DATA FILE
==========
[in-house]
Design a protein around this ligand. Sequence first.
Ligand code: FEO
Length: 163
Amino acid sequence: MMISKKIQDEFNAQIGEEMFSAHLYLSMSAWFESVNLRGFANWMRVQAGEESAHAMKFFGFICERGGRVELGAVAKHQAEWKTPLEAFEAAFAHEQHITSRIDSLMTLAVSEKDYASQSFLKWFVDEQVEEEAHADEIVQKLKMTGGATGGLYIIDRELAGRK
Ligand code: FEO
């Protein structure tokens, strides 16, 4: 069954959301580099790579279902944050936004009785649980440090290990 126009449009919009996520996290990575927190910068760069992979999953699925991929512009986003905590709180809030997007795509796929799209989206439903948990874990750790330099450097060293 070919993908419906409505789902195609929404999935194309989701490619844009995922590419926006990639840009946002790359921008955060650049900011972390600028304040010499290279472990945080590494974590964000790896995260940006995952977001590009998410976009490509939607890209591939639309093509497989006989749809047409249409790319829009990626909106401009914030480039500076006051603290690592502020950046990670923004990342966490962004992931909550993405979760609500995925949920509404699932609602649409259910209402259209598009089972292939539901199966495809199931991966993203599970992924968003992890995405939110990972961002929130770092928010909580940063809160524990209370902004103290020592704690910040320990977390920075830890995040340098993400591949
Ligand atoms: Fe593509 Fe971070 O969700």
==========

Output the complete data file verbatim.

[in-house]
Design a protein around this ligand. Sequence first.
Ligand code: FEO
Length: 163
Amino acid sequence: MMISKKIQDEFNAQIGEEMFSAHLYLSMSAWFESVNLRGFANWMRVQAGEESAHAMKFFGFICERGGRVELGAVAKHQAEWKTPLEAFEAAFAHEQHITSRIDSLMTLAVSEKDYASQSFLKWFVDEQVEEEAHADEIVQKLKMTGGATGGLYIIDRELAGRK
Ligand code: FEO
């Protein structure tokens, strides 16, 4: 069954959301580099790579279902944050936004009785649980440090290990 126009449009919009996520996290990575927190910068760069992979999953699925991929512009986003905590709180809030997007795509796929799209989206439903948990874990750790330099450097060293 070919993908419906409505789902195609929404999935194309989701490619844009995922590419926006990639840009946002790359921008955060650049900011972390600028304040010499290279472990945080590494974590964000790896995260940006995952977001590009998410976009490509939607890209591939639309093509497989006989749809047409249409790319829009990626909106401009914030480039500076006051603290690592502020950046990670923004990342966490962004992931909550993405979760609500995925949920509404699932609602649409259910209402259209598009089972292939539901199966495809199931991966993203599970992924968003992890995405939110990972961002929130770092928010909580940063809160524990209370902004103290020592704690910040320990977390920075830890995040340098993400591949
Ligand atoms: Fe593509 Fe971070 O969700």